February 25, 2020, 02:28:55 AM

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Re: Making villains pathetic The fact that some villains are so popular that they sometimes even eclipse the protagonists, as someone said, should be attributed to the reaction of the reader/spectator. Darth Vader does not emerge, nor do I think he has been thought of as a popular figure, he is the archetypal villain (his robotic mask evokes a skull, his colour associated with darkness and the colour of his sword with blood and anger, the fact that he kills a subaltern only so that the spectator knows how bad he is, his dehumanisation by being more of a machine than a man), but his real leap is in the turn in which he reveals to Luke that he is his father. It is then that he becomes a more complex character, introducing a moral challenge to the protagonist and himself. Gradually we have witnessed a humanization of the villains, to the point that we have abandoned Manichaeism to evolve into gray characters, where there are not always good and bad but different points of view. And humanizing villains does not necessarily imply justifying or empathizing with them.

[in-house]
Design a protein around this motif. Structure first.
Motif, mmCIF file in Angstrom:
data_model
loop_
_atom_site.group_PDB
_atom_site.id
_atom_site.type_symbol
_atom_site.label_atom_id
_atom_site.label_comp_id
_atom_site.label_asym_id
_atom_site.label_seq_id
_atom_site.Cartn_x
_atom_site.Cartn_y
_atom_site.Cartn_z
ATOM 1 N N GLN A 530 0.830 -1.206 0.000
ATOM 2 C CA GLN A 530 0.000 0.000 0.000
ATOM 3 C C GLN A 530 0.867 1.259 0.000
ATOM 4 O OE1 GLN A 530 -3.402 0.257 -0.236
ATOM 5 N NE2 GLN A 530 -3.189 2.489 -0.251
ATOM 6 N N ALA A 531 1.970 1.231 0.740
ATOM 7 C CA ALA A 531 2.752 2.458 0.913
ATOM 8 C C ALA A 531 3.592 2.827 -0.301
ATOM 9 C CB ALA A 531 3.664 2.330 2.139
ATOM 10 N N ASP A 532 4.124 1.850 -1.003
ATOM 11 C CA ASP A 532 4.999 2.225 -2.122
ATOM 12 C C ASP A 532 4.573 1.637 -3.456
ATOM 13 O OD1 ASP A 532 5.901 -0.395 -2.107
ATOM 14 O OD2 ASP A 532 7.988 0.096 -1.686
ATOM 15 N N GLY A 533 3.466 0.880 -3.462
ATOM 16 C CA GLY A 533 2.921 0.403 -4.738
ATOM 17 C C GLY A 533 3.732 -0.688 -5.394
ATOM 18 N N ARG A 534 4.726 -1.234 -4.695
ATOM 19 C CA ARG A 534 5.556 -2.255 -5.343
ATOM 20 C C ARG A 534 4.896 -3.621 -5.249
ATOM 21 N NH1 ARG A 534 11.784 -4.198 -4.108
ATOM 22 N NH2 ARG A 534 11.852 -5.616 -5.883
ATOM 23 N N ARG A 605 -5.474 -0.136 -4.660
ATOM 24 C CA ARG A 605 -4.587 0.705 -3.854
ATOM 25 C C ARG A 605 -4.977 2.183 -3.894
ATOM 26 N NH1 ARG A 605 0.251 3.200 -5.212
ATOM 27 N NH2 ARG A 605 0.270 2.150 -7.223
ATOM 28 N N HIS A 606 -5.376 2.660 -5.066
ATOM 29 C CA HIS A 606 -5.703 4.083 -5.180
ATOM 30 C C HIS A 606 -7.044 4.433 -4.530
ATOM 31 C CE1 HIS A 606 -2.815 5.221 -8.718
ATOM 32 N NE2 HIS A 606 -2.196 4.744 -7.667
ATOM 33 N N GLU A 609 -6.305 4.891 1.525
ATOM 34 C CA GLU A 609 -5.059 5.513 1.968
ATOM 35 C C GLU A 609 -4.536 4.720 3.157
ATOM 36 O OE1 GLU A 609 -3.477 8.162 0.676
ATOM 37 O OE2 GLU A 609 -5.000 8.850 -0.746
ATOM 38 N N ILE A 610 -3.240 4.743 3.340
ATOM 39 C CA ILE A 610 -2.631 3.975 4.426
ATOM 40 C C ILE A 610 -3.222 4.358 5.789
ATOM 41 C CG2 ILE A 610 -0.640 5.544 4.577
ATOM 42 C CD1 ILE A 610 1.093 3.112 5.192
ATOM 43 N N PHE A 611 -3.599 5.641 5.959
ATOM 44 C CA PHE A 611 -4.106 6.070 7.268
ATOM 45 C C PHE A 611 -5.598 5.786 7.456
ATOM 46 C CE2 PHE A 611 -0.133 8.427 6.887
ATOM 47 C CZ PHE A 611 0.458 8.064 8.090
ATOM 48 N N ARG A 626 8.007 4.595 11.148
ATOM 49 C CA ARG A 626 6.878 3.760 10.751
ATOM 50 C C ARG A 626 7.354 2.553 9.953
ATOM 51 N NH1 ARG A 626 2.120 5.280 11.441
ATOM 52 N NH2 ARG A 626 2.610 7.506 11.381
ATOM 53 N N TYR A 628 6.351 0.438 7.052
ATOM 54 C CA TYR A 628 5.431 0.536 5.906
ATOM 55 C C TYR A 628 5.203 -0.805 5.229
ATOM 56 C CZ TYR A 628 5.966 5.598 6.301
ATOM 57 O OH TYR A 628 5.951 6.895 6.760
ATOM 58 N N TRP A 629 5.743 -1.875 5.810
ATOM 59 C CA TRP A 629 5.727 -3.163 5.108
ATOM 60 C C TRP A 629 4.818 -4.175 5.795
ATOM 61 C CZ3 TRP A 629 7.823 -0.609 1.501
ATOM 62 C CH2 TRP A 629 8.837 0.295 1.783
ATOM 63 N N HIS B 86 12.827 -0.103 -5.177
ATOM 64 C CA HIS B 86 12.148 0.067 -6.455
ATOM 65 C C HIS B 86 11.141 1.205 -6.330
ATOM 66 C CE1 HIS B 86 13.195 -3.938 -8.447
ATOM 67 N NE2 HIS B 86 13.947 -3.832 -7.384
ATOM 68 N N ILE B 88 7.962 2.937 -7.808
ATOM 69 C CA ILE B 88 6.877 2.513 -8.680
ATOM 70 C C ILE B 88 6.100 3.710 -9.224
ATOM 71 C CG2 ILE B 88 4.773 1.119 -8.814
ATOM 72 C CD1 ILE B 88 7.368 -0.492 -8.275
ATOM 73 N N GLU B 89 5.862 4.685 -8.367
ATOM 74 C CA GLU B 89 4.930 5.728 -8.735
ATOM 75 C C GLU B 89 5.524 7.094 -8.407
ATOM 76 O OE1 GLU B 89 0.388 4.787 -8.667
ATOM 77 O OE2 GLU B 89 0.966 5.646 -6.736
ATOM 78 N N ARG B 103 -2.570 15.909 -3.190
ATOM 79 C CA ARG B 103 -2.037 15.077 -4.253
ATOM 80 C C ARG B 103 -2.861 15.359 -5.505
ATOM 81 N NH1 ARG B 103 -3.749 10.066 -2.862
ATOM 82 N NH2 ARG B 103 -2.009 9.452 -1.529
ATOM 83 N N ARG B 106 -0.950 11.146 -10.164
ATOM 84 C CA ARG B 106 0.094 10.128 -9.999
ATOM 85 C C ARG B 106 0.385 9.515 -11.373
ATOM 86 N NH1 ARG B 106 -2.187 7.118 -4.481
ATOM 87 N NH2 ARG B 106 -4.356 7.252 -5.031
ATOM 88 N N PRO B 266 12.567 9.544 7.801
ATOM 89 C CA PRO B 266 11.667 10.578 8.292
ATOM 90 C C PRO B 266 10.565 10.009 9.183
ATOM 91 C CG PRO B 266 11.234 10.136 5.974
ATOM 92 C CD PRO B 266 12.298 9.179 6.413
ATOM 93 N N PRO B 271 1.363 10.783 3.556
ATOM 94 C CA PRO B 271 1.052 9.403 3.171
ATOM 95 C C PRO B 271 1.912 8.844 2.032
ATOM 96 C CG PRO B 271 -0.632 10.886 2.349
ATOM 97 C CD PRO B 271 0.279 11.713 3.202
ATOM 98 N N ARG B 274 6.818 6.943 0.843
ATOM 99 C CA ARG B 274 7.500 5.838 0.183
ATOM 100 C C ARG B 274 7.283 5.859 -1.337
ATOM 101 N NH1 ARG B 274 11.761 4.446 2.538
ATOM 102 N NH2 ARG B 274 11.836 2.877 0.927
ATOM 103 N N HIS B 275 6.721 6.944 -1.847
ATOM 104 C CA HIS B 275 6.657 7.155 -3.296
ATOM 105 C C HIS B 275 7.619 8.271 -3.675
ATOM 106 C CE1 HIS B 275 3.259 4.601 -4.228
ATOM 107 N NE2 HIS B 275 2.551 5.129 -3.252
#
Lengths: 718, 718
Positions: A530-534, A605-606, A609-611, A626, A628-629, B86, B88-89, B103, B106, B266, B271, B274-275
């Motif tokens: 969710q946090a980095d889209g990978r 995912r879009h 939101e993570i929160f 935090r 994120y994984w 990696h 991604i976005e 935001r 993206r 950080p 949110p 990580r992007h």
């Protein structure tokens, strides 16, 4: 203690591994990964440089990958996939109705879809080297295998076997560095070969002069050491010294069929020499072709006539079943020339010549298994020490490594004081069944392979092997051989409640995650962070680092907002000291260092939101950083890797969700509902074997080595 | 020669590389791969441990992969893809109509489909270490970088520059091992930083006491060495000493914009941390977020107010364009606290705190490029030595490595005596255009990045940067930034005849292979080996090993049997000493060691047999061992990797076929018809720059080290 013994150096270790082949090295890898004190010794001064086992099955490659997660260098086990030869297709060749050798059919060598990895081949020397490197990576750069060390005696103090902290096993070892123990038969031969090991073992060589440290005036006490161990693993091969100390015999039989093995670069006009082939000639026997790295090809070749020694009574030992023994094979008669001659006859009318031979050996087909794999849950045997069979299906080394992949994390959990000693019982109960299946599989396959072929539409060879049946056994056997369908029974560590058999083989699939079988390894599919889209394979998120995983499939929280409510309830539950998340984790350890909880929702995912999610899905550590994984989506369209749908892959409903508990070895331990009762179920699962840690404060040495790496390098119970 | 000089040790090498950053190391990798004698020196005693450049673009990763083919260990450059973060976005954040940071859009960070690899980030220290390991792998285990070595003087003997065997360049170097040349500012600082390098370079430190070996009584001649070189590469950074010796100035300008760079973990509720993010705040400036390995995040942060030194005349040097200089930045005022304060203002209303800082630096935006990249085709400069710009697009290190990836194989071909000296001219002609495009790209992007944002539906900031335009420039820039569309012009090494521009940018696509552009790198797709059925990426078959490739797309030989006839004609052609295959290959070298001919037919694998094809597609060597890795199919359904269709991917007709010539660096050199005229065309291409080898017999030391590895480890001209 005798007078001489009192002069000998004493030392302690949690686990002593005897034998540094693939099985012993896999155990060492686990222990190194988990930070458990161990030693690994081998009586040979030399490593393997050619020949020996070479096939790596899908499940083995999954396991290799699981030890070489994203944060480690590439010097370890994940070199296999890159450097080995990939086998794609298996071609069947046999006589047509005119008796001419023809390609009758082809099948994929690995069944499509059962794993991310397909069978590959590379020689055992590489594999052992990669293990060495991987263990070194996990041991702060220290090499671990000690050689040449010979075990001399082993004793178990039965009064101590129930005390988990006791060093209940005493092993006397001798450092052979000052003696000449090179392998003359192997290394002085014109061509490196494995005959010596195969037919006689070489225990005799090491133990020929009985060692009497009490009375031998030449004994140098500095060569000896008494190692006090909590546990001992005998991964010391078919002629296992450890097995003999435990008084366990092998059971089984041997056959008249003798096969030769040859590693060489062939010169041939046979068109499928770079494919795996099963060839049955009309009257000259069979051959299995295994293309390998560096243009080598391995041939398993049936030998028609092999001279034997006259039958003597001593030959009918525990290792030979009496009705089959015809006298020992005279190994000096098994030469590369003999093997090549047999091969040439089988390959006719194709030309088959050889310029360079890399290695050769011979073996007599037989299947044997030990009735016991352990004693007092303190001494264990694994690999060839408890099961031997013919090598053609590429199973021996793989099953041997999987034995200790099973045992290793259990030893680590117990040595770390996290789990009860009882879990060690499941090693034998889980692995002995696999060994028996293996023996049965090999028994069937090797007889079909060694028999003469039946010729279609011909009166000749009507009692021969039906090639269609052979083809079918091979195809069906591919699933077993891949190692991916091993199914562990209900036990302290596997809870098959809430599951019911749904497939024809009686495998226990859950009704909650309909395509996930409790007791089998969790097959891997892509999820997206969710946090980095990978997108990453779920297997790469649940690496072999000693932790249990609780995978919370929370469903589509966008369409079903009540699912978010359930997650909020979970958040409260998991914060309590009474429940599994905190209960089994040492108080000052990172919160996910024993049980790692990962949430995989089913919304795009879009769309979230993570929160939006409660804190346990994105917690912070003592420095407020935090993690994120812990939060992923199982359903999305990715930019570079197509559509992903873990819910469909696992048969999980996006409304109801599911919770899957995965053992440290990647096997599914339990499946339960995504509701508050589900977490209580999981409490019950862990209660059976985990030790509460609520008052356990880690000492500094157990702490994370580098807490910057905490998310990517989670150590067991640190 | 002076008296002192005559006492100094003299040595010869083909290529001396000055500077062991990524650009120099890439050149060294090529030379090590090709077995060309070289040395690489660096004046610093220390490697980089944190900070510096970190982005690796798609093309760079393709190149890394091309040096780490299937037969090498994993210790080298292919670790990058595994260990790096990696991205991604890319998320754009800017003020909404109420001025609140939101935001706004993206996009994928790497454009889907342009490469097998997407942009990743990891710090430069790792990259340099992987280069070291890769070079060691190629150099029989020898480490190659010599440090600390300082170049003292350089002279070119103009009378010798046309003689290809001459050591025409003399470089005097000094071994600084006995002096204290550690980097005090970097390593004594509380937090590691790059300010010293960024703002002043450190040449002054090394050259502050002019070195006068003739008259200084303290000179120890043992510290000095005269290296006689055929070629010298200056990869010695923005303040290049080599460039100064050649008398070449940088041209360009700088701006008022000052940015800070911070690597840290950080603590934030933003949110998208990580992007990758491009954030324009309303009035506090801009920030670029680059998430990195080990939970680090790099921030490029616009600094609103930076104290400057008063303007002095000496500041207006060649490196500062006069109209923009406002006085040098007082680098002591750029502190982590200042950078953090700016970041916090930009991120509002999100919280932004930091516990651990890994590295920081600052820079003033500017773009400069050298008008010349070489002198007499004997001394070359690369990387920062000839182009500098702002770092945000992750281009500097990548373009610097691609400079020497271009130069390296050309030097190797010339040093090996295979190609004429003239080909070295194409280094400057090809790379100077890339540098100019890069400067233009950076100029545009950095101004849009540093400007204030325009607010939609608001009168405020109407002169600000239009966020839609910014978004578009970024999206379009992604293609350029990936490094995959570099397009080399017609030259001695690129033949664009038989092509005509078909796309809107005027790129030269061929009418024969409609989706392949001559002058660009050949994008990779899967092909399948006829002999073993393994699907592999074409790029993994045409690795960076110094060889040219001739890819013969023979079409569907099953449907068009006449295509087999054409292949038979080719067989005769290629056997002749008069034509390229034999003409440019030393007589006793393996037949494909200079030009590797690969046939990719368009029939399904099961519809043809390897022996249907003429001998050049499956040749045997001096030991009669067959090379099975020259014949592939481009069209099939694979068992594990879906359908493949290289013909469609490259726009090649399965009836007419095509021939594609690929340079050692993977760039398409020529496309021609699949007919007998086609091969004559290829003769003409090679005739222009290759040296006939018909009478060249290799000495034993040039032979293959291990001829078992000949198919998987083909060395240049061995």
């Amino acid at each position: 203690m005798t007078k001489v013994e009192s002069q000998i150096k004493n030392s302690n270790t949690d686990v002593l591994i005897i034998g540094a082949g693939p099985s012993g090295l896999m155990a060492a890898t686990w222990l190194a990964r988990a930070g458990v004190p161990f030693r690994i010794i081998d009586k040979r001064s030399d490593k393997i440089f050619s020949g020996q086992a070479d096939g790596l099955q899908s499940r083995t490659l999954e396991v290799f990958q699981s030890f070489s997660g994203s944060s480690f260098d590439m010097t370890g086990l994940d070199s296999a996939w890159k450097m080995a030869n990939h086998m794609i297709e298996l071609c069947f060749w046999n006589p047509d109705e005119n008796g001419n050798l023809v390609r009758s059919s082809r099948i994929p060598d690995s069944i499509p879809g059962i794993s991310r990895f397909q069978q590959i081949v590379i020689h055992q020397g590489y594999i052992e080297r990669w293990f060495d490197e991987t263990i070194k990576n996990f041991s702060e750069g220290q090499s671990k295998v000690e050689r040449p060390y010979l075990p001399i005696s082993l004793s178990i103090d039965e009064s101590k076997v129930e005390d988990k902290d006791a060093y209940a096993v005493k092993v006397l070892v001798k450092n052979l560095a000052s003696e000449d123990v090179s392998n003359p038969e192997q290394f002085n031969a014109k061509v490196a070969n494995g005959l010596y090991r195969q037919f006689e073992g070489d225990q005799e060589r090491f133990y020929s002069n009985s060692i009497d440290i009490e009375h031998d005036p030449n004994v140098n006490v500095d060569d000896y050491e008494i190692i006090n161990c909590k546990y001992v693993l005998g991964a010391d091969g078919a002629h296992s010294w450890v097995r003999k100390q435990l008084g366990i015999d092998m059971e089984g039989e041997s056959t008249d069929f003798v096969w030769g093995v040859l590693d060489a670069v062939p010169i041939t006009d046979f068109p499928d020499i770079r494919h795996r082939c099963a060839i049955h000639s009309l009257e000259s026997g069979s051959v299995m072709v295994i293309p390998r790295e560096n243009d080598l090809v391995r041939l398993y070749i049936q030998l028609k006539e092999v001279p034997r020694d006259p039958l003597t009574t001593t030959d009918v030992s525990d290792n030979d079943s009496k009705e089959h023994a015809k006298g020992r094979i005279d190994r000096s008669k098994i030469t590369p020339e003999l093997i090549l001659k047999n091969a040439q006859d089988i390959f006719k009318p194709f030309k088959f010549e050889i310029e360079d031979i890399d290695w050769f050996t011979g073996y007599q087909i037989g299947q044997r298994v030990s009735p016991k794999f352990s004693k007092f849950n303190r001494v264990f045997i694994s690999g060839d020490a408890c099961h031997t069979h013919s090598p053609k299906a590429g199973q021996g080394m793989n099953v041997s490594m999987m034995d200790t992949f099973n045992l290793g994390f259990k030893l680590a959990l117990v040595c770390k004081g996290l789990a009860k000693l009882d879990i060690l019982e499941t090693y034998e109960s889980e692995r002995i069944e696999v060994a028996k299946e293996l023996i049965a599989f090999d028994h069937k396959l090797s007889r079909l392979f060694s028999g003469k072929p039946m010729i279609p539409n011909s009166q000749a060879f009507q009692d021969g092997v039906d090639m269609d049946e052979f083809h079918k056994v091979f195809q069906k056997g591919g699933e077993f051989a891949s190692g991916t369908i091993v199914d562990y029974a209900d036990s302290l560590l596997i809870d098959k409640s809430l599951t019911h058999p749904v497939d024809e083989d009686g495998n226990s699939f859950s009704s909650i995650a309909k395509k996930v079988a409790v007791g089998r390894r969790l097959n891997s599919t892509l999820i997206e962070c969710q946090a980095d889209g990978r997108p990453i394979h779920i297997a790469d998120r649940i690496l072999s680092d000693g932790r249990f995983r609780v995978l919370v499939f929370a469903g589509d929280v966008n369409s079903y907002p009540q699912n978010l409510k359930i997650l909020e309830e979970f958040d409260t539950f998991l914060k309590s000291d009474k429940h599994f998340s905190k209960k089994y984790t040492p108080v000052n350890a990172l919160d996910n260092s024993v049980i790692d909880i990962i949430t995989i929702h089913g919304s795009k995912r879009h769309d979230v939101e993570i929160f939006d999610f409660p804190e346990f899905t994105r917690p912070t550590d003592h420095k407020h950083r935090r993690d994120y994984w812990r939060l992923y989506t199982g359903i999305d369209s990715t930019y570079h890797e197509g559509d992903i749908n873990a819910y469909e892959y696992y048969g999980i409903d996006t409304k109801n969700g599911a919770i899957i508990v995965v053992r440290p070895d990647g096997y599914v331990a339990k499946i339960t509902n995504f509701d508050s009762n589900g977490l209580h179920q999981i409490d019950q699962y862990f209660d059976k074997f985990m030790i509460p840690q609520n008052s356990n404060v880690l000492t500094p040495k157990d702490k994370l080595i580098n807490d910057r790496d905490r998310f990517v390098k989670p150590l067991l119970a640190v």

June 12, 2019, 02:19:42 PM